Future salmon runs, agriculture and cheap power at stake as public reviews breaching of 4 Snake River dams

Should they stay or should they go: that’s been the question for decades regarding several dams along the Snake River.

At stake is the survival of the orca, which feed on the depleted salmon runs coming from the river.  Also at stake is farms in the Columbia River Basin that draw water from reservoirs behind the dams and the cheap hydroelectric power those dams produce.

U.S. Sen. Patty Murray and Gov. Jay Inslee released a draft environmental report this week on the possibility of breaching of four dams on the Lower Snake River.

"We are listening very carefully to all the stakeholders and everyone in this about what our next steps should be," Murray said on Friday. "There have been countless lawsuits and we need a review of the facts, that’s what this is all about." 

The draft report is not the final report and does not constitute a recommendation on whether the Lower Snake River Dams should be either breached or retained.

It does say that the dams could be removed with alternatives put in place for $10.3 billion to $27.2 billion.

"I think dams are going to go," said Joseph Bogaard, Executive Director of Save Our Wild Salmon.  

Opponents of breaching the dams believe otherwise.

"As it sits right now, it’s not very specific and it's largely a repeat of information that's largely been published," says Darryll Olsen, a board member with the Columbia-Snake River Irrigators Association.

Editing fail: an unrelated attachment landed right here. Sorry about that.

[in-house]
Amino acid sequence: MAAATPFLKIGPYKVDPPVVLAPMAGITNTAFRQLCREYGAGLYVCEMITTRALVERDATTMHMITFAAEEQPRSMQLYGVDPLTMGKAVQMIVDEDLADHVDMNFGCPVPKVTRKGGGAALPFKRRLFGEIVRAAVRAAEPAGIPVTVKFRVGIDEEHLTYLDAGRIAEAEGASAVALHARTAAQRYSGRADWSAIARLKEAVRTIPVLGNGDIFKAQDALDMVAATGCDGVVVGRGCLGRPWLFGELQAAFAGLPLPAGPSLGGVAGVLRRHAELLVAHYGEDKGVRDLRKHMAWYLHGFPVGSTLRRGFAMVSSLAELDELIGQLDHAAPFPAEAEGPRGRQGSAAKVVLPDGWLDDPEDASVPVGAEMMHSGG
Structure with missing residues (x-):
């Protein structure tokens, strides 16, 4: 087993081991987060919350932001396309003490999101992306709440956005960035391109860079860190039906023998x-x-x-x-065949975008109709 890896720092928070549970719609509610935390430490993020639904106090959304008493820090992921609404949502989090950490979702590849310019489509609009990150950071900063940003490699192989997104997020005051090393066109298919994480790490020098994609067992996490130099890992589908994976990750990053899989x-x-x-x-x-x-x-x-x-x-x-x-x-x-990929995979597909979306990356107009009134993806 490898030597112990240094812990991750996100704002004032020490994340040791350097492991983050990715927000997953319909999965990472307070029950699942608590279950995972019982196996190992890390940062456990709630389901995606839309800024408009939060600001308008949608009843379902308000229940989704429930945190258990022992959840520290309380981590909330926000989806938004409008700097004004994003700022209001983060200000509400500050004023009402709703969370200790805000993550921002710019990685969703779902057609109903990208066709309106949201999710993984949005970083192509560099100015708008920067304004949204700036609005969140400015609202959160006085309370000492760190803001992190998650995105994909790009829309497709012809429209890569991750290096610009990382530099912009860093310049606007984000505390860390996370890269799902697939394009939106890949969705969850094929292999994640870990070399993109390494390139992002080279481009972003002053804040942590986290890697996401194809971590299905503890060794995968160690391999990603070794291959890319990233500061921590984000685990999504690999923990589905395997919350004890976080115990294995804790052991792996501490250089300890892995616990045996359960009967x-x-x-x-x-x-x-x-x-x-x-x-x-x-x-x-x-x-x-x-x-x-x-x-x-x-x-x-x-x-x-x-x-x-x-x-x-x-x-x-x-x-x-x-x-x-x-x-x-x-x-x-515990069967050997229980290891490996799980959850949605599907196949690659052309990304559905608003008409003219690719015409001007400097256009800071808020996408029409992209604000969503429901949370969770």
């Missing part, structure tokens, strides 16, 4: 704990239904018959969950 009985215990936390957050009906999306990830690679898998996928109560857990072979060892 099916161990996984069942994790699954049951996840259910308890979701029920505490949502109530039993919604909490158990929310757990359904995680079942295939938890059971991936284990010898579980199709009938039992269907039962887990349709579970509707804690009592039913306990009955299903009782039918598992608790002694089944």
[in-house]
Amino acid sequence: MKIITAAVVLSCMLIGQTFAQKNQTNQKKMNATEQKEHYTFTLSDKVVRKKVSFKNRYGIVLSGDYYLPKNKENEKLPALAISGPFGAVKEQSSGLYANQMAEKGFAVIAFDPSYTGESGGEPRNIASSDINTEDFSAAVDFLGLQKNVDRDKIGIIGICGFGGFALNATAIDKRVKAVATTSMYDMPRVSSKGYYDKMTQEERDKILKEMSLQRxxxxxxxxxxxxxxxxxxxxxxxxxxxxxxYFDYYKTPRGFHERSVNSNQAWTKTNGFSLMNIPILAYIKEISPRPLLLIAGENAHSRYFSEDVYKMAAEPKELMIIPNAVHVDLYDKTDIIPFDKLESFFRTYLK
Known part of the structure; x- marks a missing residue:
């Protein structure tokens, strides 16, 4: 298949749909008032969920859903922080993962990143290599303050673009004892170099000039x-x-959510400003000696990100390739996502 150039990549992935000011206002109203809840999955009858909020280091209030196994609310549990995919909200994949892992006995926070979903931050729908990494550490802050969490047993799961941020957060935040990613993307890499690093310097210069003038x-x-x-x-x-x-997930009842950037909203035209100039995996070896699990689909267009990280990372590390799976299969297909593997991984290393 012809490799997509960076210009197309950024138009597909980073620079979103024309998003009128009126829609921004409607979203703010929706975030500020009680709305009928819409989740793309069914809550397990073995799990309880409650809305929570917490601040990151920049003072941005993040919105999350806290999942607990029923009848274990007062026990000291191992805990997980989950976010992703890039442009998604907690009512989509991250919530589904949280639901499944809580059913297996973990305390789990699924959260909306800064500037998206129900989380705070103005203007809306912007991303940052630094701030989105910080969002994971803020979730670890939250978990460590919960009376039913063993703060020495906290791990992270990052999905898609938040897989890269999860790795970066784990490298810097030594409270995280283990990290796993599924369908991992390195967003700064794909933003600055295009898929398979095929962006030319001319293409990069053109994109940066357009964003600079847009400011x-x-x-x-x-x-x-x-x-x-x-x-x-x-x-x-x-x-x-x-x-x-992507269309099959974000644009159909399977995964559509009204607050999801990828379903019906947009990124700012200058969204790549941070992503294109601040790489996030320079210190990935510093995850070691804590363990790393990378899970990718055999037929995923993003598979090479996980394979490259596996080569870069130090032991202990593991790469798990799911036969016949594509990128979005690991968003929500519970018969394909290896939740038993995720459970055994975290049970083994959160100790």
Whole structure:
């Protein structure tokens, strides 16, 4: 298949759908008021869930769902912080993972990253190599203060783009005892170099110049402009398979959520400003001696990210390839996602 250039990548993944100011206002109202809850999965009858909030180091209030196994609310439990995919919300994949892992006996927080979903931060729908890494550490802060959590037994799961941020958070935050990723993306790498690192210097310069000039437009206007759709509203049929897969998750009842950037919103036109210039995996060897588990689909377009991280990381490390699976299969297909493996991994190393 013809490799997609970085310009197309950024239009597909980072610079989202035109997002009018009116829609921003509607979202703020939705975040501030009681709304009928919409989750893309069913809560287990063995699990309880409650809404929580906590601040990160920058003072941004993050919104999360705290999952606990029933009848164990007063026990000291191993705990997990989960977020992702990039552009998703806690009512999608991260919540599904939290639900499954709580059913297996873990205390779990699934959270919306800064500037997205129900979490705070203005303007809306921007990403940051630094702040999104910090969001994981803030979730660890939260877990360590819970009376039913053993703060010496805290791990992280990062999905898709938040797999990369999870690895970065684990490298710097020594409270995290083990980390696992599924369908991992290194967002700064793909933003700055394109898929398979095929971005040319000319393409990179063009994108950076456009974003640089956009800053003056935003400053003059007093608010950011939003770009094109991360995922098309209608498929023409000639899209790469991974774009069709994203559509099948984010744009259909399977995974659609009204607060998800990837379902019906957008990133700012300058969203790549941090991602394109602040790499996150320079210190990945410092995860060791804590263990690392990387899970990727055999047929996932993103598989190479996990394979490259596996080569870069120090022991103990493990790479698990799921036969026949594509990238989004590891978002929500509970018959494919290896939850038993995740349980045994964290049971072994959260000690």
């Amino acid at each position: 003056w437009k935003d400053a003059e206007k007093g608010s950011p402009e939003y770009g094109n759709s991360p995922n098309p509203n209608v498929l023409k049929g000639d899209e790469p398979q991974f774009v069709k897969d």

Bogaard says government efforts to revitalize salmon runs with the dams in place have not been significant.    

Public comment open for proposal to breach Lower Snake River Dams

U.S. Senator Patty Murray and Gov. Jay Inslee announced a draft report weighing the decision to breach the Lower Snake River Dams.

"We have spent $18 to $20 million over the last 25 years and we haven't restored a single population, so a new approach is needed," he says.

There is also a large population that believes removing the dams would jeopardize the water supply to tens of thousands of acres of farmland and would strike a blow to the economy.

"As I've said for years, dams and fish can co-exist," says Republican Congressman Dan Newhouse, who represents much of the affected area.

But now with a price tag in the billions, Olsen says breaching is off the table because Congress doesn’t have an appetite to pay the bill and it’s too much for the state to do it alone.

"If you have to have Congressional authorization to do this, in our view everything is gone -- it's moot -- we don't have to worry about this question anymore. It’s gone" says Olsen.

Murray did not tip her hand when asked about a potential Congressional hesitation on the removal costs. She said she and Inslee have not made a decision leaning either way. 

Tiffany Smiley, Murray’s anticipated Republican opponent in the November election, issued a statement calling the draft report: "nothing more than a performative partisan measure that hurts the economy AND the environment".

"It’s a matter of political leadership and acting quickly while we still have these fish," says Bogaard.

The public has until July 11 to comment on the draft report. 

Inslee and Murray will review the public input and make a final recommendation later this summer.